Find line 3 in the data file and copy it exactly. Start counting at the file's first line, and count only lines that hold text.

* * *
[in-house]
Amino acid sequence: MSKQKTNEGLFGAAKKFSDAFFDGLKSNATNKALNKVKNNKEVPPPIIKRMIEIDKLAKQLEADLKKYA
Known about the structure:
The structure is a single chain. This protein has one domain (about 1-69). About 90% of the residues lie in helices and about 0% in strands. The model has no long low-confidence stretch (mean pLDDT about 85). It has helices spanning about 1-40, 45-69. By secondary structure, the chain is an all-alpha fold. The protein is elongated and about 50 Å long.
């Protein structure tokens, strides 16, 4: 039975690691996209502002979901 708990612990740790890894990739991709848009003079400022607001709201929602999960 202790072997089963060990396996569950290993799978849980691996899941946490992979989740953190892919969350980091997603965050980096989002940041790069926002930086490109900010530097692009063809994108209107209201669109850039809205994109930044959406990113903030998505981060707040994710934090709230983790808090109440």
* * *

Known about the structure: